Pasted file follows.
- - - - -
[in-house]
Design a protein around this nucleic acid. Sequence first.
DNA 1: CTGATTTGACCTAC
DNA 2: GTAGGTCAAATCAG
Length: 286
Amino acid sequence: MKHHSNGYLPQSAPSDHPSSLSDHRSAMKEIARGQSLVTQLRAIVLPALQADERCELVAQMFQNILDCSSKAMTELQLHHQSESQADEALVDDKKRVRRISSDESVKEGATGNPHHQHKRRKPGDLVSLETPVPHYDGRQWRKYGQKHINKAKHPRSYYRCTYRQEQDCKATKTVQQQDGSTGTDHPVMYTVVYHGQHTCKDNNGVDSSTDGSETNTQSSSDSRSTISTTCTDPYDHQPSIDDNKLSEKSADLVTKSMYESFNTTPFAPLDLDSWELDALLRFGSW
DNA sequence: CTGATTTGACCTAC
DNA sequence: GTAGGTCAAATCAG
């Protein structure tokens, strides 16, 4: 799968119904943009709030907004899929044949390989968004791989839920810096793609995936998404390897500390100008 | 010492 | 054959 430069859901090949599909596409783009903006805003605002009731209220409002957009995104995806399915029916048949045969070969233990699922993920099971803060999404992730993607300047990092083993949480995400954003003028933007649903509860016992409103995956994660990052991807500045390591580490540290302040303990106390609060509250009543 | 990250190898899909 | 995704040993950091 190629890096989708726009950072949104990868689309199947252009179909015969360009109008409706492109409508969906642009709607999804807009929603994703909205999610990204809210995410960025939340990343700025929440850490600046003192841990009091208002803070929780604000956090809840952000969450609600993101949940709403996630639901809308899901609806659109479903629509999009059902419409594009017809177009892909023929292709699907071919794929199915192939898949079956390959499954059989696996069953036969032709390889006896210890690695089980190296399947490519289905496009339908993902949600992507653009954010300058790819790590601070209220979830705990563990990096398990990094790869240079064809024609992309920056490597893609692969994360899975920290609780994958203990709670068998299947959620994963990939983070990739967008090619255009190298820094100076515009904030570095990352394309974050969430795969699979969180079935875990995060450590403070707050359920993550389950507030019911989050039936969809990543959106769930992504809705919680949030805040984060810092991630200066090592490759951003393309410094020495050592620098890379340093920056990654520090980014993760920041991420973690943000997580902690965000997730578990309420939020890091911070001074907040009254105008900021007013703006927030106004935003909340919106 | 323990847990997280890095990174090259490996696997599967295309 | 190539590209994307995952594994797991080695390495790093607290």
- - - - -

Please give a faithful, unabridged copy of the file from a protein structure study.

[in-house]
Design a protein around this nucleic acid. Sequence first.
DNA 1: CTGATTTGACCTAC
DNA 2: GTAGGTCAAATCAG
Length: 286
Amino acid sequence: MKHHSNGYLPQSAPSDHPSSLSDHRSAMKEIARGQSLVTQLRAIVLPALQADERCELVAQMFQNILDCSSKAMTELQLHHQSESQADEALVDDKKRVRRISSDESVKEGATGNPHHQHKRRKPGDLVSLETPVPHYDGRQWRKYGQKHINKAKHPRSYYRCTYRQEQDCKATKTVQQQDGSTGTDHPVMYTVVYHGQHTCKDNNGVDSSTDGSETNTQSSSDSRSTISTTCTDPYDHQPSIDDNKLSEKSADLVTKSMYESFNTTPFAPLDLDSWELDALLRFGSW
DNA sequence: CTGATTTGACCTAC
DNA sequence: GTAGGTCAAATCAG
């Protein structure tokens, strides 16, 4: 799968119904943009709030907004899929044949390989968004791989839920810096793609995936998404390897500390100008 | 010492 | 054959 430069859901090949599909596409783009903006805003605002009731209220409002957009995104995806399915029916048949045969070969233990699922993920099971803060999404992730993607300047990092083993949480995400954003003028933007649903509860016992409103995956994660990052991807500045390591580490540290302040303990106390609060509250009543 | 990250190898899909 | 995704040993950091 190629890096989708726009950072949104990868689309199947252009179909015969360009109008409706492109409508969906642009709607999804807009929603994703909205999610990204809210995410960025939340990343700025929440850490600046003192841990009091208002803070929780604000956090809840952000969450609600993101949940709403996630639901809308899901609806659109479903629509999009059902419409594009017809177009892909023929292709699907071919794929199915192939898949079956390959499954059989696996069953036969032709390889006896210890690695089980190296399947490519289905496009339908993902949600992507653009954010300058790819790590601070209220979830705990563990990096398990990094790869240079064809024609992309920056490597893609692969994360899975920290609780994958203990709670068998299947959620994963990939983070990739967008090619255009190298820094100076515009904030570095990352394309974050969430795969699979969180079935875990995060450590403070707050359920993550389950507030019911989050039936969809990543959106769930992504809705919680949030805040984060810092991630200066090592490759951003393309410094020495050592620098890379340093920056990654520090980014993760920041991420973690943000997580902690965000997730578990309420939020890091911070001074907040009254105008900021007013703006927030106004935003909340919106 | 323990847990997280890095990174090259490996696997599967295309 | 190539590209994307995952594994797991080695390495790093607290």